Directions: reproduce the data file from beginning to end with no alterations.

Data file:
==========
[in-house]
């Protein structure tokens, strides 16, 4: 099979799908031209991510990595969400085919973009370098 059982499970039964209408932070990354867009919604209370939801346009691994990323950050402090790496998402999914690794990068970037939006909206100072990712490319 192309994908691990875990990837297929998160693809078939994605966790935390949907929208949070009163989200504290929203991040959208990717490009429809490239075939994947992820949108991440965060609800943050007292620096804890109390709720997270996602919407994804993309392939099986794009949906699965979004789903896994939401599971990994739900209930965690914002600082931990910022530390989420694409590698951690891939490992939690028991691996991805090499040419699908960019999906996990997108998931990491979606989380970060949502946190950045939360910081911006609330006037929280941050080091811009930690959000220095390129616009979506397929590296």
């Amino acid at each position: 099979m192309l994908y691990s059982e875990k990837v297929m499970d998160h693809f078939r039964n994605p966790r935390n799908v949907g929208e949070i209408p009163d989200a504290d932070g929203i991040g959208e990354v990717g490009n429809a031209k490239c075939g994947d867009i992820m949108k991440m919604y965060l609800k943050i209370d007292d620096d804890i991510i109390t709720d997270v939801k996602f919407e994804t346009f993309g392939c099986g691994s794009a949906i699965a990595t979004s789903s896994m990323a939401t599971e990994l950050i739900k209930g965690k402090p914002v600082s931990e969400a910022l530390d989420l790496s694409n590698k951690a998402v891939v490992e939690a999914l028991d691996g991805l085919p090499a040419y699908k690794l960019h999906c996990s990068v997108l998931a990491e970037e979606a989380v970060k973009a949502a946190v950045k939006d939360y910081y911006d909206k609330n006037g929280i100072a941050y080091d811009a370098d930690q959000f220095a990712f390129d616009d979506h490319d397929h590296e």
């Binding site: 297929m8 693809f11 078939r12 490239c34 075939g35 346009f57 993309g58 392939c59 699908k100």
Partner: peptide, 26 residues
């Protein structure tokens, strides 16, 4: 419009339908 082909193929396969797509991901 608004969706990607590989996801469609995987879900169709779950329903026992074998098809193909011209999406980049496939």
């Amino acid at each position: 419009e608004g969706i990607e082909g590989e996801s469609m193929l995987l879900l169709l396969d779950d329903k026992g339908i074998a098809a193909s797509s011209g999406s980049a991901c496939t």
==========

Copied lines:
[in-house]
């Protein structure tokens, strides 16, 4: 099979799908031209991510990595969400085919973009370098 059982499970039964209408932070990354867009919604209370939801346009691994990323950050402090790496998402999914690794990068970037939006909206100072990712490319 192309994908691990875990990837297929998160693809078939994605966790935390949907929208949070009163989200504290929203991040959208990717490009429809490239075939994947992820949108991440965060609800943050007292620096804890109390709720997270996602919407994804993309392939099986794009949906699965979004789903896994939401599971990994739900209930965690914002600082931990910022530390989420694409590698951690891939490992939690028991691996991805090499040419699908960019999906996990997108998931990491979606989380970060949502946190950045939360910081911006609330006037929280941050080091811009930690959000220095390129616009979506397929590296």
């Amino acid at each position: 099979m192309l994908y691990s059982e875990k990837v297929m499970d998160h693809f078939r039964n994605p966790r935390n799908v949907g929208e949070i209408p009163d989200a504290d932070g929203i991040g959208e990354v990717g490009n429809a031209k490239c075939g994947d867009i992820m949108k991440m919604y965060l609800k943050i209370d007292d620096d804890i991510i109390t709720d997270v939801k996602f919407e994804t346009f993309g392939c099986g691994s794009a949906i699965a990595t979004s789903s896994m990323a939401t599971e990994l950050i739900k209930g965690k402090p914002v600082s931990e969400a910022l530390d989420l790496s694409n590698k951690a998402v891939v490992e939690a999914l028991d691996g991805l085919p090499a040419y699908k690794l960019h999906c996990s990068v997108l998931a990491e970037e979606a989380v970060k973009a949502a946190v950045k939006d939360y910081y911006d909206k609330n006037g929280i100072a941050y080091d811009a370098d930690q959000f220095a990712f390129d616009d979506h490319d397929h590296e």
């Binding site: 297929m8 693809f11 078939r12 490239c34 075939g35 346009f57 993309g58 392939c59 699908k100």
Partner: peptide, 26 residues
């Protein structure tokens, strides 16, 4: 419009339908 082909193929396969797509991901 608004969706990607590989996801469609995987879900169709779950329903026992074998098809193909011209999406980049496939």
């Amino acid at each position: 419009e608004g969706i990607e082909g590989e996801s469609m193929l995987l879900l169709l396969d779950d329903k026992g339908i074998a098809a193909s797509s011209g999406s980049a991901c496939t």